Montreal, 6 June –From Monaco, we move on to Canada, which is a significant change, as Scuderia Ferrari test driver, Pedro de la Rosa explains to www.ferrari.com. “Driving in Montreal two weeks after Monaco is a significant change in terms of driving style. From low speed and plenty of understeer, one goes to a track with a greater chance of oversteer and long straights.”
The Canadian track is very challenging from many points of view, starting with the brakes as well as being high on the fuel consumption scale, and providing a stern test of aerodynamics and the engine. Some parts of the track involve constant acceleration and this has a big effect on fuel consumption.
“There are two things a driver always wants in Canada,” explains De La Rosa. “Good brakes and an aggressive approach to the kerbs. If you tackle them right, the kerbs help get the best line onto the straights and thus setting a good lap time.” The drivers all love this track, partly because there are a few overtaking opportunities and grid position does not have such a strong influence on the final outcome. Physically, it’s not particularly demanding because the long straights provide some breathing space.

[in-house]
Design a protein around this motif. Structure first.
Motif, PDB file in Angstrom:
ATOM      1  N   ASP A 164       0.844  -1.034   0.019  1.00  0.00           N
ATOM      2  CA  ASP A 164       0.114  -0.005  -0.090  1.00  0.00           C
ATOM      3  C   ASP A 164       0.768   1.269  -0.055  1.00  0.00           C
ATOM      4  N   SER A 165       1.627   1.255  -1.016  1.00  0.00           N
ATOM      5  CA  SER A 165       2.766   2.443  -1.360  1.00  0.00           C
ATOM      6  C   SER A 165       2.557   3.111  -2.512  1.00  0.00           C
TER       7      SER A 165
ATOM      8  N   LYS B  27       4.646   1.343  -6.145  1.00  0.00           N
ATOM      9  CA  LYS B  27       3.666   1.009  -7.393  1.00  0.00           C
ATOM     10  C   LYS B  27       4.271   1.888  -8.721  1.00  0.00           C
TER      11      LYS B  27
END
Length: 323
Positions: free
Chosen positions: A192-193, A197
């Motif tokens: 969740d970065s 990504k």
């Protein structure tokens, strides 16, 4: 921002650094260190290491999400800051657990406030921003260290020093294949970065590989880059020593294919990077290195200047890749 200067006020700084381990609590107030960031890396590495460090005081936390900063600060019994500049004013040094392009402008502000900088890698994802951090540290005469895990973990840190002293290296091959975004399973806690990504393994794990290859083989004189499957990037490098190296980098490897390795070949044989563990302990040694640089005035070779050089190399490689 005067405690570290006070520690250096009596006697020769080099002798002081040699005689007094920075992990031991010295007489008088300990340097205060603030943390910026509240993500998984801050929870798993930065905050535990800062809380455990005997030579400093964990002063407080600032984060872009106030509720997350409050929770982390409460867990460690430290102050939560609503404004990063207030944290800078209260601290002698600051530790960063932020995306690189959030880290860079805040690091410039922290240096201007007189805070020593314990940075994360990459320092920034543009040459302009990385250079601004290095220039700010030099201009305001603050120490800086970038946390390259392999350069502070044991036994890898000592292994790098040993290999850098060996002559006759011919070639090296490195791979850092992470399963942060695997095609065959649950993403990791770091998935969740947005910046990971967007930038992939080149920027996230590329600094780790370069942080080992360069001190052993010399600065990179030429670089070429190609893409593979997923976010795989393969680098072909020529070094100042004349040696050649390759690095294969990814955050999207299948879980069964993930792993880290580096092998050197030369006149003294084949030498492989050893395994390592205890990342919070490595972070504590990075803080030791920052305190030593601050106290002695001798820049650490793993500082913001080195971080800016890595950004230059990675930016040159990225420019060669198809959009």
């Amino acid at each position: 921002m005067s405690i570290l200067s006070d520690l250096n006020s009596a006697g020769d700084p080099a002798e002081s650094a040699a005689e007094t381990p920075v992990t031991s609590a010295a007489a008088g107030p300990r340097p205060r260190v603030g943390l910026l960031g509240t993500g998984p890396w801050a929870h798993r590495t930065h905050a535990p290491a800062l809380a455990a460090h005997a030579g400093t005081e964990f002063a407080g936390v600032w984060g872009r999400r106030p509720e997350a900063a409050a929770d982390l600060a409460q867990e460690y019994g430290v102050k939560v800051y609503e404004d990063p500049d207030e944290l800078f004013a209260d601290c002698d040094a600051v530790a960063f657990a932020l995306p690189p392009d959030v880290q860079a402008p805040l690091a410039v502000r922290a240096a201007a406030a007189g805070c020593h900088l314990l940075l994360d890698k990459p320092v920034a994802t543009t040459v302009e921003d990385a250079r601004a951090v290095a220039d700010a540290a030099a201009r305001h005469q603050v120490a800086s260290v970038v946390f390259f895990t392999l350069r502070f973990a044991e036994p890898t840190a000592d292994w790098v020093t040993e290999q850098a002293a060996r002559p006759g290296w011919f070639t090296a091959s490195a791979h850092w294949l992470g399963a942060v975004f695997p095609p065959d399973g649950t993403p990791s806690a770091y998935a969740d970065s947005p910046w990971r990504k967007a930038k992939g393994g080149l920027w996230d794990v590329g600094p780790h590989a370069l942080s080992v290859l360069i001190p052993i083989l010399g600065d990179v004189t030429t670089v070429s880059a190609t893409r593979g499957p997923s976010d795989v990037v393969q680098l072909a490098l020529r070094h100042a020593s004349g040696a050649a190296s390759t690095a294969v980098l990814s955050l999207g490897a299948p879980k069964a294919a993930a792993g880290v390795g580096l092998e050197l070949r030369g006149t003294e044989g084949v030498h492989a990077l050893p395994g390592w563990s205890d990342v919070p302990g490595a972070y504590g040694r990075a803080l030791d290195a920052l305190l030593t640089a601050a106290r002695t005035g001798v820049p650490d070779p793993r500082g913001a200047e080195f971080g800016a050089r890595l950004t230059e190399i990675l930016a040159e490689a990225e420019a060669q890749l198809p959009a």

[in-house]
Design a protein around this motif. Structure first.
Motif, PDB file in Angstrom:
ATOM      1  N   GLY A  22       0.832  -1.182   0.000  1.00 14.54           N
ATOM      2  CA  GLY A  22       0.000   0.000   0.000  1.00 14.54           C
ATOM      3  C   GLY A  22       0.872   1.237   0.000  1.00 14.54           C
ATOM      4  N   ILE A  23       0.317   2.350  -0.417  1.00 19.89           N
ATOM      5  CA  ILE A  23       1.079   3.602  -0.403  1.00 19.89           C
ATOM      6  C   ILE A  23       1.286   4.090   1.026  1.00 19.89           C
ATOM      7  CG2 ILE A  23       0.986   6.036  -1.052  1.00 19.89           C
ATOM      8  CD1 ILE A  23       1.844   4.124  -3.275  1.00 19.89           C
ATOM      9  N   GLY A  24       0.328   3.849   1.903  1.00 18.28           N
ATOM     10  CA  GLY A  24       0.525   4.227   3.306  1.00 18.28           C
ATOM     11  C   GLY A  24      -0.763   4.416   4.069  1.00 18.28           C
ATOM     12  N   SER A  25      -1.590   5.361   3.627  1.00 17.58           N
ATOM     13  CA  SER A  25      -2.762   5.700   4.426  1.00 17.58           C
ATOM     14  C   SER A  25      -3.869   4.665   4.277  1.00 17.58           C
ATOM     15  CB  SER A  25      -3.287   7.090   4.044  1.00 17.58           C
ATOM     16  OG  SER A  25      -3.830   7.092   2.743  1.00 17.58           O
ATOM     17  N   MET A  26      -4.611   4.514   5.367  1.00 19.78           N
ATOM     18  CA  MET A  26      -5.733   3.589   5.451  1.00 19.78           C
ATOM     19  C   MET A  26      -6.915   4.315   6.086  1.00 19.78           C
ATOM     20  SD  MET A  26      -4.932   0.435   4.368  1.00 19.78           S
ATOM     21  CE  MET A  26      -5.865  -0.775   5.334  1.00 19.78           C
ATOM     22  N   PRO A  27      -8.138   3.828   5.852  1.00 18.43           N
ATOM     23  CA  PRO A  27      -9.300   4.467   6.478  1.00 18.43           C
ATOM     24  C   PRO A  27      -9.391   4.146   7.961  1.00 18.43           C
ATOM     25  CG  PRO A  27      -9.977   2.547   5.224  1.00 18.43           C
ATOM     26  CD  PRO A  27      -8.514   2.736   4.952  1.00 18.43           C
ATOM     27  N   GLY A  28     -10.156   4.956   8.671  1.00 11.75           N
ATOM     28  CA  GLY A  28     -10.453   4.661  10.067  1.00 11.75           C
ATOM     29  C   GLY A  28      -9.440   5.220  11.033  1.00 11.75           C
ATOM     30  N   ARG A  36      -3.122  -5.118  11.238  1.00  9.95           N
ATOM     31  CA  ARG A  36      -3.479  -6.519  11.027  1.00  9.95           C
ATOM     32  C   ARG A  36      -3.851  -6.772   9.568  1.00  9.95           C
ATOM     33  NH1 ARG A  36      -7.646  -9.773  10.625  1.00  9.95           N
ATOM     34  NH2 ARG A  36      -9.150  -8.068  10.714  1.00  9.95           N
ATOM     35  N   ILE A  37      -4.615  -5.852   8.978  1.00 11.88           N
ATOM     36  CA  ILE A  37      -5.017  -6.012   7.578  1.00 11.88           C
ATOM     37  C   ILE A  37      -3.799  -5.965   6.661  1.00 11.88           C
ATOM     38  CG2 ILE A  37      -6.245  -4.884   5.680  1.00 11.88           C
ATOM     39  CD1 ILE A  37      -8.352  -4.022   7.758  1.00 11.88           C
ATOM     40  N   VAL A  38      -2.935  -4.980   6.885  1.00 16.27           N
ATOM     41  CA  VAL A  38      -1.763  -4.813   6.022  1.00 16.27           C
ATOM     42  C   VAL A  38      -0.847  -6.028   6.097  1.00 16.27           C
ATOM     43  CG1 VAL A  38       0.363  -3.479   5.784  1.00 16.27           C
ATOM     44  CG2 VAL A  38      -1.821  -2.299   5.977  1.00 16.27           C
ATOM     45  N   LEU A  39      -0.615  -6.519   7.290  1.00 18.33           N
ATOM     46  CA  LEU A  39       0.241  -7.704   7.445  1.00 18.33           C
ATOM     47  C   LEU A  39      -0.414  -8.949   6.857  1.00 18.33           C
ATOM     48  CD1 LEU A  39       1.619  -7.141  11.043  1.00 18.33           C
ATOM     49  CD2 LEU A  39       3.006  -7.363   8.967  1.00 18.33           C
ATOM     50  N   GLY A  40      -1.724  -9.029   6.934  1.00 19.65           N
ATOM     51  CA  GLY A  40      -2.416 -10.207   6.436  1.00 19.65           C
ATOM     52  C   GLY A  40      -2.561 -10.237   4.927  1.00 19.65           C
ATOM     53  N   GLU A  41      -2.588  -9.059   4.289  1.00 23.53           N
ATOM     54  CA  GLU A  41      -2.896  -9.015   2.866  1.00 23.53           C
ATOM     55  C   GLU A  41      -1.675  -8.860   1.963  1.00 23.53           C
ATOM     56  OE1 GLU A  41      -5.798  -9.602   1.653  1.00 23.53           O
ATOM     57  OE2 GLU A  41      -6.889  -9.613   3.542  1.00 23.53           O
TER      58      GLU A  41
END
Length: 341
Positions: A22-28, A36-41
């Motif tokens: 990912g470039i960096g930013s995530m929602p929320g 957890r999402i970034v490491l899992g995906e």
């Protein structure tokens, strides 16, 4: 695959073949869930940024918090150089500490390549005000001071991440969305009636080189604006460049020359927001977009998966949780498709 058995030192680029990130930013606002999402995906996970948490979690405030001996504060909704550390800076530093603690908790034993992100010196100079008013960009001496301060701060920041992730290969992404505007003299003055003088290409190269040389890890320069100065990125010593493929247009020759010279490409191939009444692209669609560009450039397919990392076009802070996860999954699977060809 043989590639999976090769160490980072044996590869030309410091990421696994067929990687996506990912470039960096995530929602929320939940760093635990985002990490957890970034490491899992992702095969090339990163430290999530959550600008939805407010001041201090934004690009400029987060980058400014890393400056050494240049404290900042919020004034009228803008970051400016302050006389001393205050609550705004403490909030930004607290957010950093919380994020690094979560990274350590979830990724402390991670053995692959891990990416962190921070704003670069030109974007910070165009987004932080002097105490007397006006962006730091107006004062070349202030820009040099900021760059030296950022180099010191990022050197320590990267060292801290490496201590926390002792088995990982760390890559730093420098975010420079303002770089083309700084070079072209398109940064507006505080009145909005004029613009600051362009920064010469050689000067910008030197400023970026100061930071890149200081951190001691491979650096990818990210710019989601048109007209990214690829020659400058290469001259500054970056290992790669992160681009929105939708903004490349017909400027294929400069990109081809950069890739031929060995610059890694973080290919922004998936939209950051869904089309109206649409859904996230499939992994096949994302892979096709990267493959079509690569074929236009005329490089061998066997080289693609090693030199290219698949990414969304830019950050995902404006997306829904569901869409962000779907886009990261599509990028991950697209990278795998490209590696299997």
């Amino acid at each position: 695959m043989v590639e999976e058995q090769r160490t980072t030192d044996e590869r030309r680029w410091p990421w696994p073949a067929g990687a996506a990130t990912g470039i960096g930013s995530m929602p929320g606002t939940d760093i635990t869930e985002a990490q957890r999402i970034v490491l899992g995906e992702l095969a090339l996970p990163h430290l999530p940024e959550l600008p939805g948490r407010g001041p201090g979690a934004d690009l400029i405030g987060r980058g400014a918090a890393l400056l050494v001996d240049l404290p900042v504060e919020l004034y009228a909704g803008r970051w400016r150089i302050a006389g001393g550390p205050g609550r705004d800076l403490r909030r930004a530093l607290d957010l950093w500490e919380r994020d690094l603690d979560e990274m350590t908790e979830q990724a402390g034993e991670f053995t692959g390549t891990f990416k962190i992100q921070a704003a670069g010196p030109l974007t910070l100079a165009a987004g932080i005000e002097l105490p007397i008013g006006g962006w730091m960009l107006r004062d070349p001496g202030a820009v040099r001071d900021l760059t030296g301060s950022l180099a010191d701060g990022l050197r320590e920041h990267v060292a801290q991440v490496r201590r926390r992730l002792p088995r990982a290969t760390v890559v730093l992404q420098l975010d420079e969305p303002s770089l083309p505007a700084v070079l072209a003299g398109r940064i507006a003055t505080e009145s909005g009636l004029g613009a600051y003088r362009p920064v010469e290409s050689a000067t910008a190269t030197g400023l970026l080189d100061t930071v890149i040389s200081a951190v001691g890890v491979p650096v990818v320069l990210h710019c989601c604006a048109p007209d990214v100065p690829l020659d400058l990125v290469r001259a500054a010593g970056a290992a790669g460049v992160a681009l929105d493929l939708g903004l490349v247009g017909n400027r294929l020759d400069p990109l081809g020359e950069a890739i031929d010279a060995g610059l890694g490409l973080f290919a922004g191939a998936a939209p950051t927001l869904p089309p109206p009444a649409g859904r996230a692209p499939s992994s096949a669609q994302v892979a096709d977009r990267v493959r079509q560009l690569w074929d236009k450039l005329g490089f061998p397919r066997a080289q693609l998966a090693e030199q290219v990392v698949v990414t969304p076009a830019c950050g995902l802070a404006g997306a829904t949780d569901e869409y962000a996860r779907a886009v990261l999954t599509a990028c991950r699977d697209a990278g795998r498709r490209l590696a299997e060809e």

However, jumping the kerbs and spending a long time on the brakes – about 15% of the total race time – can cause lower back pain. “The hardest part in my opinion is the bit between turns 4 and 5,” continues Pedro. “You have to jump the kerbs well but if you lose control of the car for an instant, you end up in the wall. Drivers have to endure up to 5g on the neck, but only for a short period, so from this point of view, it’s not much of a problem.”